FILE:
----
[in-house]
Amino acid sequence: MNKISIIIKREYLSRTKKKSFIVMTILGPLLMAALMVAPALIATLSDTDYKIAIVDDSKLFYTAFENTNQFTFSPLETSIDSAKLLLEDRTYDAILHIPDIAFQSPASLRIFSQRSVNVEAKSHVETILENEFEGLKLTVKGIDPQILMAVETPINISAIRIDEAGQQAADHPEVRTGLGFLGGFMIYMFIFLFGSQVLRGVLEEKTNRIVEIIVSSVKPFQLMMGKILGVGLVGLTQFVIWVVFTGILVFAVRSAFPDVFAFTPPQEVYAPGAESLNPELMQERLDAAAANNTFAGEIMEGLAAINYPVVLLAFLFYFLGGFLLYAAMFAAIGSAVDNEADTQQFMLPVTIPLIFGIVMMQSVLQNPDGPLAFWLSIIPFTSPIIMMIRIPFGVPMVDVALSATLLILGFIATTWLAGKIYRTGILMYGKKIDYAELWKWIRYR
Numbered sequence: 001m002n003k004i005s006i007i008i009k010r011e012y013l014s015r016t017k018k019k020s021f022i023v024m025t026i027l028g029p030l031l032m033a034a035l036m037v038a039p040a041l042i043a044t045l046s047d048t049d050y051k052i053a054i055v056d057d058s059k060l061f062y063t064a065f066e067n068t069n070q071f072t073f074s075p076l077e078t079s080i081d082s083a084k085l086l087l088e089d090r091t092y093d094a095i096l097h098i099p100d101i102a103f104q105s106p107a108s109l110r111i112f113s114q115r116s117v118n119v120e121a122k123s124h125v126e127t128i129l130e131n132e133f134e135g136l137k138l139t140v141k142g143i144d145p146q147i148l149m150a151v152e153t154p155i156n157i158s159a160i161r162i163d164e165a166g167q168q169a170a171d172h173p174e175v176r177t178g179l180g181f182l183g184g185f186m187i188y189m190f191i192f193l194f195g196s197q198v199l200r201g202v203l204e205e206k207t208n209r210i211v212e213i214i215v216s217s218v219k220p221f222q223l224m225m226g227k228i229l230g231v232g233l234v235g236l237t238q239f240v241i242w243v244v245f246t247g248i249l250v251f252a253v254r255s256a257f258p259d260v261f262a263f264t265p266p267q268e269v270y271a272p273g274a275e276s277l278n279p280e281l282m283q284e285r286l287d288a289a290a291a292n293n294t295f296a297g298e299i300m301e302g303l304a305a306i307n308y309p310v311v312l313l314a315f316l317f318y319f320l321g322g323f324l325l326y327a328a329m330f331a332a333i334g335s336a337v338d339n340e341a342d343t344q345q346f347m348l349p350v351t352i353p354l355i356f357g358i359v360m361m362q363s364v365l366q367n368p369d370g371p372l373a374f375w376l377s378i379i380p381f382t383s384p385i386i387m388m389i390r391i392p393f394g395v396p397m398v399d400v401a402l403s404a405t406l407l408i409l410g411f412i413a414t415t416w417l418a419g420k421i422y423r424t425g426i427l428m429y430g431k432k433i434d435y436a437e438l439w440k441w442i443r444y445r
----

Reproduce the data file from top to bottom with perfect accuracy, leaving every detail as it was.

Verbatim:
[in-house]
Amino acid sequence: MNKISIIIKREYLSRTKKKSFIVMTILGPLLMAALMVAPALIATLSDTDYKIAIVDDSKLFYTAFENTNQFTFSPLETSIDSAKLLLEDRTYDAILHIPDIAFQSPASLRIFSQRSVNVEAKSHVETILENEFEGLKLTVKGIDPQILMAVETPINISAIRIDEAGQQAADHPEVRTGLGFLGGFMIYMFIFLFGSQVLRGVLEEKTNRIVEIIVSSVKPFQLMMGKILGVGLVGLTQFVIWVVFTGILVFAVRSAFPDVFAFTPPQEVYAPGAESLNPELMQERLDAAAANNTFAGEIMEGLAAINYPVVLLAFLFYFLGGFLLYAAMFAAIGSAVDNEADTQQFMLPVTIPLIFGIVMMQSVLQNPDGPLAFWLSIIPFTSPIIMMIRIPFGVPMVDVALSATLLILGFIATTWLAGKIYRTGILMYGKKIDYAELWKWIRYR
Numbered sequence: 001m002n003k004i005s006i007i008i009k010r011e012y013l014s015r016t017k018k019k020s021f022i023v024m025t026i027l028g029p030l031l032m033a034a035l036m037v038a039p040a041l042i043a044t045l046s047d048t049d050y051k052i053a054i055v056d057d058s059k060l061f062y063t064a065f066e067n068t069n070q071f072t073f074s075p076l077e078t079s080i081d082s083a084k085l086l087l088e089d090r091t092y093d094a095i096l097h098i099p100d101i102a103f104q105s106p107a108s109l110r111i112f113s114q115r116s117v118n119v120e121a122k123s124h125v126e127t128i129l130e131n132e133f134e135g136l137k138l139t140v141k142g143i144d145p146q147i148l149m150a151v152e153t154p155i156n157i158s159a160i161r162i163d164e165a166g167q168q169a170a171d172h173p174e175v176r177t178g179l180g181f182l183g184g185f186m187i188y189m190f191i192f193l194f195g196s197q198v199l200r201g202v203l204e205e206k207t208n209r210i211v212e213i214i215v216s217s218v219k220p221f222q223l224m225m226g227k228i229l230g231v232g233l234v235g236l237t238q239f240v241i242w243v244v245f246t247g248i249l250v251f252a253v254r255s256a257f258p259d260v261f262a263f264t265p266p267q268e269v270y271a272p273g274a275e276s277l278n279p280e281l282m283q284e285r286l287d288a289a290a291a292n293n294t295f296a297g298e299i300m301e302g303l304a305a306i307n308y309p310v311v312l313l314a315f316l317f318y319f320l321g322g323f324l325l326y327a328a329m330f331a332a333i334g335s336a337v338d339n340e341a342d343t344q345q346f347m348l349p350v351t352i353p354l355i356f357g358i359v360m361m362q363s364v365l366q367n368p369d370g371p372l373a374f375w376l377s378i379i380p381f382t383s384p385i386i387m388m389i390r391i392p393f394g395v396p397m398v399d400v401a402l403s404a405t406l407l408i409l410g411f412i413a414t415t416w417l418a419g420k421i422y423r424t425g426i427l428m429y430g431k432k433i434d435y436a437e438l439w440k441w442i443r444y445r